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Robert Underwood Johnson, Clarence Clough Buell, Battles and Leaders of the Civil War: Volume 2. 150 0 Browse Search
Robert Underwood Johnson, Clarence Clough Buell, Battles and Leaders of the Civil War. Volume 3. 122 0 Browse Search
Robert Underwood Johnson, Clarence Clough Buell, Battles and Leaders of the Civil War: The Opening Battles. Volume 1. 54 0 Browse Search
John Harrison Wilson, The life of Charles Henry Dana 28 0 Browse Search
Southern Historical Society Papers, Volume 21. (ed. Reverend J. William Jones) 20 0 Browse Search
William F. Fox, Lt. Col. U. S. V., Regimental Losses in the American Civil War, 1861-1865: A Treatise on the extent and nature of the mortuary losses in the Union regiments, with full and exhaustive statistics compiled from the official records on file in the state military bureaus and at Washington 16 0 Browse Search
The Photographic History of The Civil War: in ten volumes, Thousands of Scenes Photographed 1861-65, with Text by many Special Authorities, Volume 7: Prisons and Hospitals. (ed. Francis Trevelyan Miller) 14 0 Browse Search
Southern Historical Society Papers, Volume 20. (ed. Reverend J. William Jones) 8 0 Browse Search
Southern Historical Society Papers, Volume 23. (ed. Reverend J. William Jones) 8 0 Browse Search
Thomas Wentworth Higginson, Massachusetts in the Army and Navy during the war of 1861-1865, vol. 1: prelminary narrative 8 0 Browse Search
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Browsing named entities in The Photographic History of The Civil War: in ten volumes, Thousands of Scenes Photographed 1861-65, with Text by many Special Authorities, Volume 7: Prisons and Hospitals. (ed. Francis Trevelyan Miller). You can also browse the collection for Official Records or search for Official Records in all documents.

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r among the marching thousands are ambulances. When before could an army have dared to boast of the provision made for those incapacitated by disease or wounds? In the preparation of the prison sections, the author has consulted a large number of the published accounts of experiences, has talked with dozens of one-time prisoners, and has corresponded with many more. The conflicting accounts have been checked by the contemporary documents contained in the eight prison volumes of the Official Records of the Union and Aid for the men at the front—Christian commission The Christian Commission was second as a civilian agency of relief only to the Sanitary Commission. The scene above tells its own story. The box numbered 1103 and addressed to the United States Christian Commission suggests how numerous were its consignments to the front. The veteran who has lost a leg is leaning on crutches furnished by the organization. He need have no fear for his pension. They have helped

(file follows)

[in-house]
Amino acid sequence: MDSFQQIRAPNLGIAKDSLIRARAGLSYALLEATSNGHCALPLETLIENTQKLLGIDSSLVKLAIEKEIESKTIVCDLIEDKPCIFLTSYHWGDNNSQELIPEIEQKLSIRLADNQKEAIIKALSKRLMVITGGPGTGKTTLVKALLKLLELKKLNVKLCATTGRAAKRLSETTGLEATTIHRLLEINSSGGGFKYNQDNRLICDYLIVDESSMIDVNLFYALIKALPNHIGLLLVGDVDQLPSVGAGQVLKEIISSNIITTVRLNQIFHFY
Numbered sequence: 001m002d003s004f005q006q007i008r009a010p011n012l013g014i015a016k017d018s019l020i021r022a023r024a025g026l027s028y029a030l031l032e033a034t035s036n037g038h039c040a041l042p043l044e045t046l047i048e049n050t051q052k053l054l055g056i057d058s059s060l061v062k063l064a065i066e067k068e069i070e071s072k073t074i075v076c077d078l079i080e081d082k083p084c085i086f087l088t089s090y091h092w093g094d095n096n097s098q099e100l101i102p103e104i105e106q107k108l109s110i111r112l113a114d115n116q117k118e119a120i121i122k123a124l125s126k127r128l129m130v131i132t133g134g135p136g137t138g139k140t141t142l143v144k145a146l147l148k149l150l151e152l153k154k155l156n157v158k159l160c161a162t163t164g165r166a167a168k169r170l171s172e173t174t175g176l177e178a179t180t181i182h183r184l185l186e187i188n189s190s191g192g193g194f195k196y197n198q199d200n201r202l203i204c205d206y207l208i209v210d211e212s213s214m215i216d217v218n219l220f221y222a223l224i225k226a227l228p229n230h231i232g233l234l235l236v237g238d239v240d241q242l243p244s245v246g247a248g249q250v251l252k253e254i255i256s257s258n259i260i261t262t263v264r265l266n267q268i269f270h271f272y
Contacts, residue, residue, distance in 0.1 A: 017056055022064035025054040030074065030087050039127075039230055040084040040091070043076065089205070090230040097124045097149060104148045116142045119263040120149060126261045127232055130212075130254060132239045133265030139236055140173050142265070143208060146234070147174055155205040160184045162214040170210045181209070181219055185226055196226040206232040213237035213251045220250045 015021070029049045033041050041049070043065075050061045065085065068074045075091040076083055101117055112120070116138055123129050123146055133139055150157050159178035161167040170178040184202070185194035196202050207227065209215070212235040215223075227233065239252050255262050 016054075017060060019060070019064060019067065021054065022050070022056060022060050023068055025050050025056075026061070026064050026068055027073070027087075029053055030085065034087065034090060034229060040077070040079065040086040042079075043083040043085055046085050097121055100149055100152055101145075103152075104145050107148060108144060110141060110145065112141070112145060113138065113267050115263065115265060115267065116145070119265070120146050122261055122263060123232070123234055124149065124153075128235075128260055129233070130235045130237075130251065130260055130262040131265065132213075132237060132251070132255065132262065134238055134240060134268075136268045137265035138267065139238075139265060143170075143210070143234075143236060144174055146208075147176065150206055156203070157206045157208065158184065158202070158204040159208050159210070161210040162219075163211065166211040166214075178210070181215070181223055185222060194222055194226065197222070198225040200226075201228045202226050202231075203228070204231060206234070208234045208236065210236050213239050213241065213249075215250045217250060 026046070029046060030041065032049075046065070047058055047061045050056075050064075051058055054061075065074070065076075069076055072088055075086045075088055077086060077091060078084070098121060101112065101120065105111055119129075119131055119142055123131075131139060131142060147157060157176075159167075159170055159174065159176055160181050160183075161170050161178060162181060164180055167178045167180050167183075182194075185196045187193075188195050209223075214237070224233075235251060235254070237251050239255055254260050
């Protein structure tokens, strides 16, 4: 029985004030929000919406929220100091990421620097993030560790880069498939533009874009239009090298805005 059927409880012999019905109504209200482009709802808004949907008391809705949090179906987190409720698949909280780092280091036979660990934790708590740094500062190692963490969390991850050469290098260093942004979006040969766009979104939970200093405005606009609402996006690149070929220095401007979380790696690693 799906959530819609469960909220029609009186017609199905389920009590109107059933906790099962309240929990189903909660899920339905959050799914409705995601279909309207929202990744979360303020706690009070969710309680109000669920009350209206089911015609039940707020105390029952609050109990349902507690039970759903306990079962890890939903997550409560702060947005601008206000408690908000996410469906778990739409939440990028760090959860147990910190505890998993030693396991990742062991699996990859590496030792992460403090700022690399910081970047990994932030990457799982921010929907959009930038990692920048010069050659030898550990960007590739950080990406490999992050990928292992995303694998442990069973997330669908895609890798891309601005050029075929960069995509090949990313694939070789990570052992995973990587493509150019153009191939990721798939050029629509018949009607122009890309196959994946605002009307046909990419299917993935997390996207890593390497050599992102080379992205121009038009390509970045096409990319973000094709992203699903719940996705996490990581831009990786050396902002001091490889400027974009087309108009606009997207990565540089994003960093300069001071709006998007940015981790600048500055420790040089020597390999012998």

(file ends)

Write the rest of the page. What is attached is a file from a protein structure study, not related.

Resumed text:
he war, prisoners starved, while their guards fared little better. With all the resources of the North, prisoners were often hungry, frequently because of the inefficiency of their commanders. Commissaries in collusion with contractors sometimes reduced the rations of the prisoners both in quality and quantity. In one case, at least, a commissary was dismissed from service, but because of his political friends was restored. The reports of the Federal inspectors are set forth in the Official Records. Shelter was provided in the North, but fuel was often scanty, and in some cases lacking. In some of the Southern prisons no shelter was provided, and fuel was likewise scanty, though fortunately not so much needed for comfort. The medical and surgical attendance was very often unsatisfactory. For, as in the case of the commanding officers, surgeons preferred service among their own people to that of attending prisoners. Even where the intentions of the surgeon were the best, the
lace was not abandoned, however; and in February, 1863, out of 3884 prisoners, 387 died. This mortality rate, almost exactly ten per cent. for the month, was not reached in any month, in any other large prison during the war, so far as the Official Records indicate. Camp Chase, at Columbus, Ohio, was another instruction Camp turned into a prison to accommodate the prisoners captured at Forts Henry and Donelson, in February, 1862, and used as such until the end of the war. Conditions here we built. By this time there were no trees within the prison or near by, and many of the men burrowed in the earth. The ration was reduced to corn-meal, and conditions became similar to those in the Eastern stockades. The last prison to be considered, Camp Groce, near Hempstead, was at first a Camp in an open field enclosed by guard lines. The number of Federal prisoners of war confined here was comparatively small, and little information regarding it is to be found in the Official Records.
of the prisons in Richmond. Without investigation, this was at once accepted as the truth, and blazoned abroad. An interesting feature of the study of the Official Records is the discovery of the origin of many of the almost universally accepted beliefs of the day. Beginning as mere Camp rumors reported to a superior officer, tederate prisoner in the North was given the same food and the same clothing as his guard has been often made and has been generally believed. A study of the Official Records shows that such was not the case. The Confederate prisoner did not in fact receive the same clothes as his captor, or the same quantity of food, except for onfederate artillery passed over them. Little or no damage was done. There are hundreds of other threats to be found in the correspondence contained in the Official Records. Prisoners were often designated as hostages for the safety of particular persons, but the extreme penalty was visited on few. Many of the threats on both s